City leaders ready for worst of swine flu

CITY leaders preparing to cope with an expected surge in swine flu deaths this winter are considering plans to hand out medicine from town halls.

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swine flu

CITY leaders preparing to cope with an expected surge in swine flu deaths this winter are considering plans to hand out medicine from town halls.

And North East council bosses are in talks with health officers over worries that vital council services could be closed down as the worsening outbreak leaves more staff stuck at home.

Plans are being formed which will see frontline staff inoculated as soon as a vaccine is made available. At the same time health agencies are looking at buildings owned by Tyneside councils to see which could be used as distribution points. The civic centre, Newcastle’s libraries and sports centres could all be used to hand over swine flu medication such as Tamiflu.

The search comes amid warnings from high street chemists they face being overwhelmed if, as expected, thousands more people become ill with the virus this winter.

All the region’s councils are revising and updating their emergency plans to take account of a likely increase in staff absentee levels which could see essential services such as gritting fleets left dangerously understaffed this winter.

As a result council drivers, bin men and other staff could be put on priority lists to ensure they are given their vaccination alongside health professionals and before the rest of the region.

Margaret Whellans, group director of community based services at Gateshead Council said: “We have robust business continuity plans in place for emergencies across the borough and this includes a strategy for dealing with pandemic flu.

“Our plans will ensure that frontline council services continue to operate even if staffing levels are affected by swine flu. We are currently planning and coordinating an inoculation programme for staff which will be implemented as soon as a vaccination is available.”

Many of the plans were worked out over the last two years, when the threat of a bird flu pandemic had city planners fearing a nation-wide health emergency.

Helen Hinds, head of resilience planning at Newcastle City Council, said: “We are working with the Primary Care Trust to identify suitable public buildings from which to distribute anti-virals to the public.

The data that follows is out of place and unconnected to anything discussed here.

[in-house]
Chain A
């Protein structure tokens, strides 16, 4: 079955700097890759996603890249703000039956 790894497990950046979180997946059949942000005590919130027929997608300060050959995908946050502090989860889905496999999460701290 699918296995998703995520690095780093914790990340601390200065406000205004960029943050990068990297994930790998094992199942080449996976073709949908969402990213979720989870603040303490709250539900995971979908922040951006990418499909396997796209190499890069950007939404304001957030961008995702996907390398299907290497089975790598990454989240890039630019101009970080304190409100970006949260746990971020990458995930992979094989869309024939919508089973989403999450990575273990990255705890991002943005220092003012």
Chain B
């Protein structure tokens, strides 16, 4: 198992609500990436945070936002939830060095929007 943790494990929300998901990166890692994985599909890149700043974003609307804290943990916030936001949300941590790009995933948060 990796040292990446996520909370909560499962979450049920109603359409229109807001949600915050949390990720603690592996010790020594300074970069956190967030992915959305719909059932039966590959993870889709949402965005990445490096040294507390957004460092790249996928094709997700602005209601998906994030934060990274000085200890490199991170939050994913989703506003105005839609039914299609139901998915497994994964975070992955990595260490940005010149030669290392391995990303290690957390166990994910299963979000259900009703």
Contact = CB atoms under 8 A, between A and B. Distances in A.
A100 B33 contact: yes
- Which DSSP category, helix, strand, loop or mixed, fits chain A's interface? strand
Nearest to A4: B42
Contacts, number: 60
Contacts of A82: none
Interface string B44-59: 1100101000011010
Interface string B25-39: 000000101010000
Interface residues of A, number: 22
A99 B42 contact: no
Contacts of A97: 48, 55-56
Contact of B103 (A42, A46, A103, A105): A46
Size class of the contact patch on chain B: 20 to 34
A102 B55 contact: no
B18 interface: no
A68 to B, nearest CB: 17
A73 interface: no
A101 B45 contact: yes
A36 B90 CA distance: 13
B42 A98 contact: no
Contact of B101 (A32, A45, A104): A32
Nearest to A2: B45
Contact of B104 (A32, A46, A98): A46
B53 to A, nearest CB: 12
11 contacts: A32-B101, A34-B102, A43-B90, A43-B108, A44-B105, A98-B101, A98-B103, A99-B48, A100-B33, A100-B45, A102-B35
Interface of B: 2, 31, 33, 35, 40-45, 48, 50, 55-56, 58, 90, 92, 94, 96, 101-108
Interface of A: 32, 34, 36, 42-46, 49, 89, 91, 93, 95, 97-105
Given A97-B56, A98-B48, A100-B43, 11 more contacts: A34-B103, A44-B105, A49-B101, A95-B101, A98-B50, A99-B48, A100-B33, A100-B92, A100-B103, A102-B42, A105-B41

“Over the last two years we have been working on continuity plans to ensure the council can continue to provide services to the public during staff shortages. This includes drawing up a list of the most important services so we can concentrate on delivering them.’’

The swine flu preparations come as church leaders in Newcastle become the latest to introduce precautionary changes. Roman Catholic Bishop Seamus Cunningham has told the diocese of Newcastle and Hexham that he and other British bishops have been left no choice but to temporarily stop some church traditions.

Priests have said there will be no Communion from the chalice, and that holy water basins will be emptied as a result of swine flu. Parishioners have also been asked not make a sign of peace with a handshake to prevent any possible flu transmissions.

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Page 3 - Anti-viral points pledge >>

Anti-viral points pledge

THERE are currently just 16 anti-viral points (AVPs) handing out flu medication in the North East.

Health bosses last night insisted these were enough to meet current demand, but are monitoring the spread of swine flu to see if more AVPs will be needed. Martin Wilson, North East director of NHS flu resilience said there are "detailed plans in place to open up more as and when we feel it is necessary".